Kinship and Relation to Modern Times

The concept of Kinship as defined by anthropologist is a web of social relationships that are very important for most human societies. In the book by Linda Stone, Kinship and Gender: An Introduction the topic of kinship in differing societies is on display, allowing the reader the opportunity to evaluate different forms of kinship as well as gender treatment other than the “social norm“ we are used too . There are several examples that through the course of this class have stood out due to being prime learning examples of the structure of various kinship relationships throughout history as well as across the current world.

A very important issue that was addressed is the fact that our own culture within American society is massively different depending on varying factors such as family marital status, size of family (such as being raised by a single parent as an only child versus being raised by both parents in a large household) , area where raised, etc. When you take a look at just how our own society works it’s easy to get a better understanding of our own neighbors by comparing and contrasting our differing situations.

Various cases are compared and contrasted throughout all of Stone’s book. By looking at case studies so different from our own society it’s clear to see just how many radical changes from our treatment of Kin to other societies’ treatment of their own. A clear example of this is found in the case of the Nuer and the Nepalese Brahman tribes. Both of these groups had very radically different treatment of women as well as the amount of sexual autonomy they received. Also the amount of power matriarchal and patriarchal figures received was immense and demonstrated a lot about how both cultures respected their elders. After reading about both of these cases it’s easy to begin to compare their society to our own, such as how the head of the family gets a large sum of respect like in American culture.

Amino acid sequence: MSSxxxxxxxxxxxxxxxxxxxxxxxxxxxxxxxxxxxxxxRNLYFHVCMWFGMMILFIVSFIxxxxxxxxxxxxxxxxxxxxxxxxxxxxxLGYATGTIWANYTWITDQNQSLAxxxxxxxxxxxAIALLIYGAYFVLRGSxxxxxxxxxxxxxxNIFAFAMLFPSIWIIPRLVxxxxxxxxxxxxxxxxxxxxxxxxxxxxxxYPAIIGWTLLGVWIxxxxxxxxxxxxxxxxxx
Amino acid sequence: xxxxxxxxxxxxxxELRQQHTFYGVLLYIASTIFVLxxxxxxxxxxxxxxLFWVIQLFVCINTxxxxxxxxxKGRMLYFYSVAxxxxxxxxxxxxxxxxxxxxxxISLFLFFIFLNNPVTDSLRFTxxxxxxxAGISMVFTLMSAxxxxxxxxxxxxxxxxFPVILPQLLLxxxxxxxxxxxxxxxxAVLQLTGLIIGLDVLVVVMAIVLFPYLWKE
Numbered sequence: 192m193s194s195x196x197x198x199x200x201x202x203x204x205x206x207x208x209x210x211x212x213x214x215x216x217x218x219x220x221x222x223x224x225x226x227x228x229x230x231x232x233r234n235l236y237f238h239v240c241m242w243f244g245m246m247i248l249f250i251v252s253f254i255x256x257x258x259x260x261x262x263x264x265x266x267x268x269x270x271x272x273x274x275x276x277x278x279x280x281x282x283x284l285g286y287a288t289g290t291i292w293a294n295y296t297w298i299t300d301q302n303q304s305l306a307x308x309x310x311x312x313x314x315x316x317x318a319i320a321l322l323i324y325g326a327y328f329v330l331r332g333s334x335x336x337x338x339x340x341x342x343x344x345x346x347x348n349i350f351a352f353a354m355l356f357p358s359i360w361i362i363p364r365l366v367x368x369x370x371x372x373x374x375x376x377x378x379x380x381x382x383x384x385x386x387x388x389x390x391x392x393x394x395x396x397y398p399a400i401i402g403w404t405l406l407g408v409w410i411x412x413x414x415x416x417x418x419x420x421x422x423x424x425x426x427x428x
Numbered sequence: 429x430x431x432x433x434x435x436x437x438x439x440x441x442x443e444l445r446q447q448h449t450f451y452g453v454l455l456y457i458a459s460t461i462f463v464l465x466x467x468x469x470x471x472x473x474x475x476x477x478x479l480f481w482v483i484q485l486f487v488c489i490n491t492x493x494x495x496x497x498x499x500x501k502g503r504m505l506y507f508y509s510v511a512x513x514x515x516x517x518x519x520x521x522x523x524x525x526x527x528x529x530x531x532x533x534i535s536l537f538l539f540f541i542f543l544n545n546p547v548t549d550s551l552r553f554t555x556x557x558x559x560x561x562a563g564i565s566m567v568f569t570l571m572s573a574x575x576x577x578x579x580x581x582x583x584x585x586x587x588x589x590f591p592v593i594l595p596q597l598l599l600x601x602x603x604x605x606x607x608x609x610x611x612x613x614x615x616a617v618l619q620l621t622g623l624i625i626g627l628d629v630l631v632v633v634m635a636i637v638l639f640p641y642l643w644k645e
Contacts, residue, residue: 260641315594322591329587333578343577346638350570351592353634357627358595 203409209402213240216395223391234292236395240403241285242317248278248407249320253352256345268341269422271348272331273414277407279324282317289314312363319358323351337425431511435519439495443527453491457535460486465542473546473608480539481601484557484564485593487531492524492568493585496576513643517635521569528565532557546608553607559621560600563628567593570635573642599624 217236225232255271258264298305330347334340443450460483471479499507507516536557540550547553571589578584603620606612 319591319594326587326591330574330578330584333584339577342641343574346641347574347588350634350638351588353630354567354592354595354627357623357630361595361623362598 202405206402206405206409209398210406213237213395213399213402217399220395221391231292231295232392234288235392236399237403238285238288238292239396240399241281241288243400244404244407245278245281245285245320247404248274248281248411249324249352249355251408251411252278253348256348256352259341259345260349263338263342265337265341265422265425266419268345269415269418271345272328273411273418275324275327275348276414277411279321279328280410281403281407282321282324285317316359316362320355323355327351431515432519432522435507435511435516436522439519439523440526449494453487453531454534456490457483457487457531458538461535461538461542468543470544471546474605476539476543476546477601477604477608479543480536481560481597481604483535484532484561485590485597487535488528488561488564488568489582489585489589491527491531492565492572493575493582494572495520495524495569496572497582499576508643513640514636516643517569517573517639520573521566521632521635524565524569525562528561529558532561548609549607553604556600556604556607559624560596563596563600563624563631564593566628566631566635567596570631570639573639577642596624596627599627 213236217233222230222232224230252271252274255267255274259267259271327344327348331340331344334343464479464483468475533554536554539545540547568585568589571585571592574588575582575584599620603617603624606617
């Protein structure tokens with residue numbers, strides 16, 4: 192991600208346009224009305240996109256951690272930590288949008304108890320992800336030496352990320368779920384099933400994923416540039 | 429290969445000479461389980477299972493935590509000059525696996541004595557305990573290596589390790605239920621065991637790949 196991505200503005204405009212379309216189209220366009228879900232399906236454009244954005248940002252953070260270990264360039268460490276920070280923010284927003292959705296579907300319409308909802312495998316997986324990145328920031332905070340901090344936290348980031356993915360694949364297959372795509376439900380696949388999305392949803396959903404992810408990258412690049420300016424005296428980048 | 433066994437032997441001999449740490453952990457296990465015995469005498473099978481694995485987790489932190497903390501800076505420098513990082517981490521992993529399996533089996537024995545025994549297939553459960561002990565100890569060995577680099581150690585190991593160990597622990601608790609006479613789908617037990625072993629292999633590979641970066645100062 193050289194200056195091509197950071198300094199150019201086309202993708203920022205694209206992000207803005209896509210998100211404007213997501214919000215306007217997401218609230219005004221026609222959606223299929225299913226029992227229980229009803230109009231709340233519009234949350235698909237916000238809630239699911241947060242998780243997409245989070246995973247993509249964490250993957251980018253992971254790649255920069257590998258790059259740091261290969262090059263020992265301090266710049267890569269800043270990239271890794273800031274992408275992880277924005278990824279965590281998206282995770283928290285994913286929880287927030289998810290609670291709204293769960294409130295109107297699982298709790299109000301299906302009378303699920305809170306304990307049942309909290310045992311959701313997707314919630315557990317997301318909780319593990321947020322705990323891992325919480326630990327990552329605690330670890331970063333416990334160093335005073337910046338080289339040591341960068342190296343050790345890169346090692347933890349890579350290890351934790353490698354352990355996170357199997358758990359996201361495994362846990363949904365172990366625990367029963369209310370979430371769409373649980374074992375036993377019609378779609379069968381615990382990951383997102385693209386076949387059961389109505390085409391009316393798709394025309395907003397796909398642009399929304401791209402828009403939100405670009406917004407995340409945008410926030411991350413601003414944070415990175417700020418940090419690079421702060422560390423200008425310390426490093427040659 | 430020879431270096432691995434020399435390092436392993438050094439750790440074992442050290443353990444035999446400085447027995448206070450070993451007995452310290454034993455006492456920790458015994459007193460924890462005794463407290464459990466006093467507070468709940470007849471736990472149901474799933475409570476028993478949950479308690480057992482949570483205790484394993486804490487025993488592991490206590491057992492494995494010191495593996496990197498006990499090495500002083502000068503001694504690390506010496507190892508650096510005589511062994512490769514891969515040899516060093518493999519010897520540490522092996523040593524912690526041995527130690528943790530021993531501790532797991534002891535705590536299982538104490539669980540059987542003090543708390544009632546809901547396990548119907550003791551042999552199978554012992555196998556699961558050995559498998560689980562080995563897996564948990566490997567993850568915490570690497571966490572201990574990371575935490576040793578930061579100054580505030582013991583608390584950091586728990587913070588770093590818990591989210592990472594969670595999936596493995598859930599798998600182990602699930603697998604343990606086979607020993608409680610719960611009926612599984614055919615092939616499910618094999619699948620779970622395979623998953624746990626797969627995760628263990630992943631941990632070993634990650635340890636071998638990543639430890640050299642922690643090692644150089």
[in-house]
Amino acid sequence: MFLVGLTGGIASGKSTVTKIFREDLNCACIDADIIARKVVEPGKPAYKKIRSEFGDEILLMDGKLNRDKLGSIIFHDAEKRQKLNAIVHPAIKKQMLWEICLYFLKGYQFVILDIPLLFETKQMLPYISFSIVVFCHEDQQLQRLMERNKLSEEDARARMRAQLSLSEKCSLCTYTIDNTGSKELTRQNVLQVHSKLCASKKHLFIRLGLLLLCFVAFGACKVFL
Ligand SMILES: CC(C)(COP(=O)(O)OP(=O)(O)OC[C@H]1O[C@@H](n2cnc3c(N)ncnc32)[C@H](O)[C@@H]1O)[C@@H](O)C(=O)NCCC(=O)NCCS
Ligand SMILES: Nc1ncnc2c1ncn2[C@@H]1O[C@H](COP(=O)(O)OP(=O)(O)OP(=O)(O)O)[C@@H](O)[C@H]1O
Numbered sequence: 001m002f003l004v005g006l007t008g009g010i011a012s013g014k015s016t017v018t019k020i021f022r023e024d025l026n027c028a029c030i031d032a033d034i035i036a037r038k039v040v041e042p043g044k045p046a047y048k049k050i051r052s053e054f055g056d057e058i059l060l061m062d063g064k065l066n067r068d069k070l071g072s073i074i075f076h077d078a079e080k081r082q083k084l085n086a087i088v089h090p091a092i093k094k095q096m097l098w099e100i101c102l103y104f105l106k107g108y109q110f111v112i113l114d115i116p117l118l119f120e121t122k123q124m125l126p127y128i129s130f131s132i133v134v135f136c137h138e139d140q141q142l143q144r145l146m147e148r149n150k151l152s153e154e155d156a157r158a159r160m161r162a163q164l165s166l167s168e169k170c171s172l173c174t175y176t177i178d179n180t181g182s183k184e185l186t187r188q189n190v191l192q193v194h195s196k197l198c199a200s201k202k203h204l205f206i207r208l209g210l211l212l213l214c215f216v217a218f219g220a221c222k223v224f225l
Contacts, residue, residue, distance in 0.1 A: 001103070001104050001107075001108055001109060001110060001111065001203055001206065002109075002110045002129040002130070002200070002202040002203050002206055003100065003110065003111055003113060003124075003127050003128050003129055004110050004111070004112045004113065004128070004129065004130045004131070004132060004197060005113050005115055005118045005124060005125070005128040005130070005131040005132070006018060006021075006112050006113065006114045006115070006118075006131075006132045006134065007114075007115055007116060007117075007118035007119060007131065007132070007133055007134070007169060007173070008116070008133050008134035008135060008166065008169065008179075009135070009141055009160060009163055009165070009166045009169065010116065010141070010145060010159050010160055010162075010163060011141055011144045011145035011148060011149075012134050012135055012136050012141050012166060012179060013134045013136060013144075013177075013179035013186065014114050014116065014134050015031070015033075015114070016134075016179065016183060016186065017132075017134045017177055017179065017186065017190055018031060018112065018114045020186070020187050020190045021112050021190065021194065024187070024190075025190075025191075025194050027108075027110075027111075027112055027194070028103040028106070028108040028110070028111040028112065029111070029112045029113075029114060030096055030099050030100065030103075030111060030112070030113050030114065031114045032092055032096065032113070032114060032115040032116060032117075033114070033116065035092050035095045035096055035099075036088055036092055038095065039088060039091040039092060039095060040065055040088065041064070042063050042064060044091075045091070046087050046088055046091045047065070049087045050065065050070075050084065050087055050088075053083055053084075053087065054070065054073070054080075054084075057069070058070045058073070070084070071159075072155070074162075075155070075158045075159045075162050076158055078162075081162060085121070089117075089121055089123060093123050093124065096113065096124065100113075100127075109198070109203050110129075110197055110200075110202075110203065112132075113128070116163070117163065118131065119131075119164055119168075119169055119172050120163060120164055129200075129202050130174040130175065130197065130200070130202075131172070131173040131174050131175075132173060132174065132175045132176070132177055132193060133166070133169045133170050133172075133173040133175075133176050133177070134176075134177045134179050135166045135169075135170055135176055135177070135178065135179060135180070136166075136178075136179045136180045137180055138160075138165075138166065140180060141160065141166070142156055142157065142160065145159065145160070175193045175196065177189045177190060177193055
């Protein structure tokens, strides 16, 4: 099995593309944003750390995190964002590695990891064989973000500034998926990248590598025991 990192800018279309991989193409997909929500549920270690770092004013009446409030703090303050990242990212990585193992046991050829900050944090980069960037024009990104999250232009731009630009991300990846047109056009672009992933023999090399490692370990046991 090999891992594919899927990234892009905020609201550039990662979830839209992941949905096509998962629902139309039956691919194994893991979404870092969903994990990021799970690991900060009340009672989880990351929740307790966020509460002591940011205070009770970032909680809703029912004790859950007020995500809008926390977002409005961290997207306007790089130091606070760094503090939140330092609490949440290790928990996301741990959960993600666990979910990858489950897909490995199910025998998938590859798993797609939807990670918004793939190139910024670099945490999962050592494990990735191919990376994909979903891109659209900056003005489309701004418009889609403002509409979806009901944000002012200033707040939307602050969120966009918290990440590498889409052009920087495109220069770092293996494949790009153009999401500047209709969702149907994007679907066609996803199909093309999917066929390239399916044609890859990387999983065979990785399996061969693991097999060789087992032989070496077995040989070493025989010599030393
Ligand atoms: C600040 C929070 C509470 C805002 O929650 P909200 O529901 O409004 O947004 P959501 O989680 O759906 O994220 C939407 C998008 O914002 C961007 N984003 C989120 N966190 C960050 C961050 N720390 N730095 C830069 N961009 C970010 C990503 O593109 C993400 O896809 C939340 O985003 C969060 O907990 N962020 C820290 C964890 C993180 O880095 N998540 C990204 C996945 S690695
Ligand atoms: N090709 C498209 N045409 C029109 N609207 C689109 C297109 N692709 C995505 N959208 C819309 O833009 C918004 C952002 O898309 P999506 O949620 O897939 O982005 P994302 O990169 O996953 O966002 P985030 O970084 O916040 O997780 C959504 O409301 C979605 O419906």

Another very important historical kinship that stood out was the various relationships of Julius Caesar and how the helped him grow to be one of the most powerful men in history. By having so many different marriages as well as becoming close with allies and enemies through family marriages show how easily one can manipulate the power of kinship and relations to gain something desired. The specific case was an excessively large one allowing for an extreme amount of power gain. In Caesar’s case, he not only used himself and his own kinship ties to gain power but he also used his children to gain alliances, by forcing them to marry and sometimes soon there after divorce a rival family simply for political gain when necessary. This also shows an example of often times the little worth of children in Ancient Rome. Although to many this may seem terribly manipulative on the parents part, it’s not too wildly different from modern day “arranged” marriages between wealthy families in the United States to help make sure their children marry someone else from a well off family.

It is shown throughout all of Stone’s book that throughout the history of the world, as well as around the globe today there have been hundreds if not thousands of varying examples of kinship. Some examples are variations on kinship we are currently familiar with while others are so completely different and radical compared to our own they may even be hard to comprehend. Although they may all seem so different if we simply all came together to get a better understanding of each other than maybe things would be a change in a positive way for our society.

by Quinn Slatic

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